WARSAW (Reuters) -Poland will not take or pay for more doses of COVID-19 vaccine under the European Union’s supply contract, its health minister said on Tuesday, setting the stage for a legal battle with manufacturers.
Poland, along with other EU members, has been receiving COVID-19 vaccines during the coronavirus pandemic under supply contracts agreed between the European Commission and vaccine makers such as BioNTech SE and Pfizer or Moderna.
Poland’s biggest supplier is Pfizer. However, the country has seen lower vaccine uptake than most of the European Union and has surplus vaccine stock, part of which it has sold or donated to other countries.
“At the end of last week, we used the force majeure clause and informed both the European Commission and the main vaccine producer that we are refusing to take these vaccines at the moment and we are also refusing to pay,” health minister Adam Niedzielski told private broadcaster TVN24.
“Indeed, the consequence of this will be a legal conflict, which is already taking place,” he said.
Poland cannot directly terminate the contract for the supply of vaccines as the parties to the contracts are the European Commission and manufacturers, he said.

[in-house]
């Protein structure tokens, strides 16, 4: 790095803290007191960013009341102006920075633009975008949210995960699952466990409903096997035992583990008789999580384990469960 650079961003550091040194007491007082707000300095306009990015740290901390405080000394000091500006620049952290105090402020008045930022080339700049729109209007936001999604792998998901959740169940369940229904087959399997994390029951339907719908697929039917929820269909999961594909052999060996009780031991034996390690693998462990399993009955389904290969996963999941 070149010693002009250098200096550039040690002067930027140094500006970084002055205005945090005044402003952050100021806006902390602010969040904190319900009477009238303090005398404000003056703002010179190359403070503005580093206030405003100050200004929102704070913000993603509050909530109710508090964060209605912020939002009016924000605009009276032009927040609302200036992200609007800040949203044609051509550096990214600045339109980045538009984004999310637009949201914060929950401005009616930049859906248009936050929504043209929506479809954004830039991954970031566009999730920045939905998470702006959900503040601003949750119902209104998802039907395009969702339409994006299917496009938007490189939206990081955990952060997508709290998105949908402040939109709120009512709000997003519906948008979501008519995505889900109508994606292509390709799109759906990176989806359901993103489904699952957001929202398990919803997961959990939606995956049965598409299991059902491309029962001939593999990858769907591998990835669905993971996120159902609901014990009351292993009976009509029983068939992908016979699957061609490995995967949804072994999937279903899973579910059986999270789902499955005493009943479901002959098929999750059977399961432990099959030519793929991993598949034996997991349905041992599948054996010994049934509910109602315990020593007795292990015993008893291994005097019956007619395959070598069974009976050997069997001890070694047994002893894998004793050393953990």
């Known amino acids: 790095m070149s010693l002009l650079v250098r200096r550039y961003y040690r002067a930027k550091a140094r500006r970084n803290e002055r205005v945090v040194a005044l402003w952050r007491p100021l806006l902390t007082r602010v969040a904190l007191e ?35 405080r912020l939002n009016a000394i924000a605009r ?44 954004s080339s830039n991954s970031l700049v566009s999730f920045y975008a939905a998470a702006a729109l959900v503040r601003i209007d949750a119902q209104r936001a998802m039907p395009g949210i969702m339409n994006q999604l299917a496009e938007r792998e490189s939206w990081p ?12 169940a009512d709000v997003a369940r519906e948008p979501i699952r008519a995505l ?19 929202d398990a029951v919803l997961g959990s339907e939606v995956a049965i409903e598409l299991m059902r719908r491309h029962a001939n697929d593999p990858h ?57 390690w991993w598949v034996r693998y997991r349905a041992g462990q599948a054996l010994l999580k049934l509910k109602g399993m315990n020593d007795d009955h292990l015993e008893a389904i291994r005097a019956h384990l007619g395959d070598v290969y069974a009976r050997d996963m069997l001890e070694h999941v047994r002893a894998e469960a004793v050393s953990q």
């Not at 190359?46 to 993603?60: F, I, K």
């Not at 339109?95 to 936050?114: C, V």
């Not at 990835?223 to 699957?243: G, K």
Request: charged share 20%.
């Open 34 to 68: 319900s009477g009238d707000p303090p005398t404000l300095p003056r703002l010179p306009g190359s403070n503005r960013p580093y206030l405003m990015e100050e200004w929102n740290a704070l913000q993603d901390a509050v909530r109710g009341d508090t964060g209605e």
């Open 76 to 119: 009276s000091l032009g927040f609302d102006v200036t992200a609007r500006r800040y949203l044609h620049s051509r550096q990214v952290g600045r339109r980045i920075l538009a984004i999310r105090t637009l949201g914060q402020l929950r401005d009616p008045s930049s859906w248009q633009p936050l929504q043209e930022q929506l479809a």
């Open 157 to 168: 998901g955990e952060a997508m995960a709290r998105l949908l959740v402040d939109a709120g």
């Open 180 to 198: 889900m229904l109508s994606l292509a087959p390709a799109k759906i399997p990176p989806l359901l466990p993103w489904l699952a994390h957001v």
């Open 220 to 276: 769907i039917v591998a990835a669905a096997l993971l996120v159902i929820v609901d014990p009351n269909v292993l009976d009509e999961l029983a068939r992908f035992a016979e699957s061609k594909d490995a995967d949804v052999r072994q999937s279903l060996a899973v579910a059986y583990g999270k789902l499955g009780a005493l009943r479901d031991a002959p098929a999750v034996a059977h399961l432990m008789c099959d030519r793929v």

The value of the contract for vaccine supplies to Poland up to the end of 2023 with one producer alone was worth over 6 billion zlotys ($1.4 billion), with over 2 billion zlotys of that for supply in 2022.
Pfizer said its agreement over the supply of its COVID-19 vaccine to European Union member states was with the EU Commission.
“Our discussions with Governments and the details of vaccine deliveries are confidential,” it added.
Pfizer’s partner BioNTech only said that Pfizer was in charge of the commercial relationship with Poland.
Poland, a country of around 38 million people, has reported 5,983,864 cases of the coronavirus and 115,809 deaths.
European Commission health spokesman Stefan de Keersmaecker told a news conference on Tuesday that member states were bound by contractual obligations, but that it understood Poland’s “difficult position”.
“We continue to facilitate discussion between the Polish government and the company in order to find a pragmatic solution to this specific situation the country is confronted with,” he said.
In Poland, 59% of the population has been vaccinated with two doses and 31% has received a booster shot. This is well below the EU average of 72.5% and nearly 53%, respectively.
($1 = 4.2868 zlotys)
(Reporting by Alan Charlish and Anna Wlodarczak-Semczuk in Warsaw, Ludwig Burger in Frankfurt and Francesco Guarascio in Brussels; Editing by Susan Fenton and Ed Osmond)